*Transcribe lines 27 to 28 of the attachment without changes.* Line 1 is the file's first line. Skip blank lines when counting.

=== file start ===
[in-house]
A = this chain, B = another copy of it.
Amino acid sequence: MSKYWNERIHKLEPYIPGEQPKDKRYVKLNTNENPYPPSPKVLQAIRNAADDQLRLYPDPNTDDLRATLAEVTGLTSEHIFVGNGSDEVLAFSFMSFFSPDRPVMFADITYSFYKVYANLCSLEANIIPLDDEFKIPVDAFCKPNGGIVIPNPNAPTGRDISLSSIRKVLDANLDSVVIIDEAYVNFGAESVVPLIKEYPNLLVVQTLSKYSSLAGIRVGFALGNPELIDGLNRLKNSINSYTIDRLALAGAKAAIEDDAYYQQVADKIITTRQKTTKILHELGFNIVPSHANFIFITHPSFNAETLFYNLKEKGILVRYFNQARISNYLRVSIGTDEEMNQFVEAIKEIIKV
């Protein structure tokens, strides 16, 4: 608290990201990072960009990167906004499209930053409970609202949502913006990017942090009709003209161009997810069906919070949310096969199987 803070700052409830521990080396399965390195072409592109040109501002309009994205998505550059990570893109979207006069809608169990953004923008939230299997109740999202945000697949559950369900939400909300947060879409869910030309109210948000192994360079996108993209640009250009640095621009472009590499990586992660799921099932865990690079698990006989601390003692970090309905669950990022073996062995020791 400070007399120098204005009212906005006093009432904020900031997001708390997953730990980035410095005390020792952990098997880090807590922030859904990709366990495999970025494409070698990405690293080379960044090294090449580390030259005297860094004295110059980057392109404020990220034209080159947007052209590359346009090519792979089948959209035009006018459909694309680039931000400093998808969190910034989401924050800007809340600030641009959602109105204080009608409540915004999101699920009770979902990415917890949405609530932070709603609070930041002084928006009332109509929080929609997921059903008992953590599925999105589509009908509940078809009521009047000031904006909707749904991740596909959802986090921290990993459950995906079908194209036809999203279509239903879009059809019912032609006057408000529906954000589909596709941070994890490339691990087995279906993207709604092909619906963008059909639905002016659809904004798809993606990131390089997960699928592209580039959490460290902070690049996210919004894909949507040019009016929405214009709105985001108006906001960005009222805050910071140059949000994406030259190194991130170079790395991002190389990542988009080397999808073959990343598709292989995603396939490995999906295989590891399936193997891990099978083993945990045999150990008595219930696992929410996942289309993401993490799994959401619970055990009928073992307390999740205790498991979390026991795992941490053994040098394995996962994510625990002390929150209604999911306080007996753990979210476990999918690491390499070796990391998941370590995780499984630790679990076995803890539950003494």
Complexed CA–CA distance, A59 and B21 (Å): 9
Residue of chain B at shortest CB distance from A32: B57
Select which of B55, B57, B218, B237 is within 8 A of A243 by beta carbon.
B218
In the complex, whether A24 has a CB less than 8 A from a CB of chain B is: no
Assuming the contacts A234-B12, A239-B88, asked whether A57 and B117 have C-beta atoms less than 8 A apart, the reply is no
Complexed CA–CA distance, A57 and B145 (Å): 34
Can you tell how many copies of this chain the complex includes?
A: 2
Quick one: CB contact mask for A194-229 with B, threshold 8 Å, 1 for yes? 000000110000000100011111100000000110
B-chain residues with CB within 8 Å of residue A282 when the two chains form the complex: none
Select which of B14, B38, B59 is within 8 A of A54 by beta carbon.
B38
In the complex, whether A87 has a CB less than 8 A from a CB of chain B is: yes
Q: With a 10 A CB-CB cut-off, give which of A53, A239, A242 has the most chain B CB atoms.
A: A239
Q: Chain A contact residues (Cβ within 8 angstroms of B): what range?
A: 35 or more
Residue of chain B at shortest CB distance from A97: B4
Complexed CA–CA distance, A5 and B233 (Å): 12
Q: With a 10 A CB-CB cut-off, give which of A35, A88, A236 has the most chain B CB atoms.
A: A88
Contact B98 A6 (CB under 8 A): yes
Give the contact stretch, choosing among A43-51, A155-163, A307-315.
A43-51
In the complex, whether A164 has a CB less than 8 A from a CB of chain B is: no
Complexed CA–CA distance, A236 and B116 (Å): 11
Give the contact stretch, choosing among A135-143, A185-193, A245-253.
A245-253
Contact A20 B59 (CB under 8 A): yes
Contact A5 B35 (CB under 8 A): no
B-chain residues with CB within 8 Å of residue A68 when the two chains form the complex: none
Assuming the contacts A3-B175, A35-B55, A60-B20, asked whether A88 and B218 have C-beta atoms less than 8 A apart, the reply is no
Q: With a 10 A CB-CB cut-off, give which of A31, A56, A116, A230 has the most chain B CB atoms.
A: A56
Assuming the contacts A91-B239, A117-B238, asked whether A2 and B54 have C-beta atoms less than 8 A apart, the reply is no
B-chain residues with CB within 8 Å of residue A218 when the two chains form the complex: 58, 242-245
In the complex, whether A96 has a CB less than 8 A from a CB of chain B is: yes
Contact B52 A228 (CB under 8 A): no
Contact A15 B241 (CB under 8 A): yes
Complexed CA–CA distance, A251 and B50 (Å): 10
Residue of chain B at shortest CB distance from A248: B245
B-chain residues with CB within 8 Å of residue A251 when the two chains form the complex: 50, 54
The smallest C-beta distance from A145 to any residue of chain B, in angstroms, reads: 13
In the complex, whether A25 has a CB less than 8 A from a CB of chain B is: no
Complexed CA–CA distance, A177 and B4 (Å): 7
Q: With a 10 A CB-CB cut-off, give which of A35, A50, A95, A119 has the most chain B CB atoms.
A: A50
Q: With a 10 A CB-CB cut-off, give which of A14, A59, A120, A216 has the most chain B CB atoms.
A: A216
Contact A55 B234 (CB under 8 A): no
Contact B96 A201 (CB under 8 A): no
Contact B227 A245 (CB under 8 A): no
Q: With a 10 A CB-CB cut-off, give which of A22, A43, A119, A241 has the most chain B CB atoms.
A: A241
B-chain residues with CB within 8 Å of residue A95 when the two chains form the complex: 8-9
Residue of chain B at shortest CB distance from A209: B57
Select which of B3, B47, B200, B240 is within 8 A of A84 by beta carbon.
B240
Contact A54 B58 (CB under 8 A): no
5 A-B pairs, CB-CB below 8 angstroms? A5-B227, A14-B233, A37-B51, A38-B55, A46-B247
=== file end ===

Contact B98 A6 (CB under 8 A): yes
Give the contact stretch, choosing among A43-51, A155-163, A307-315.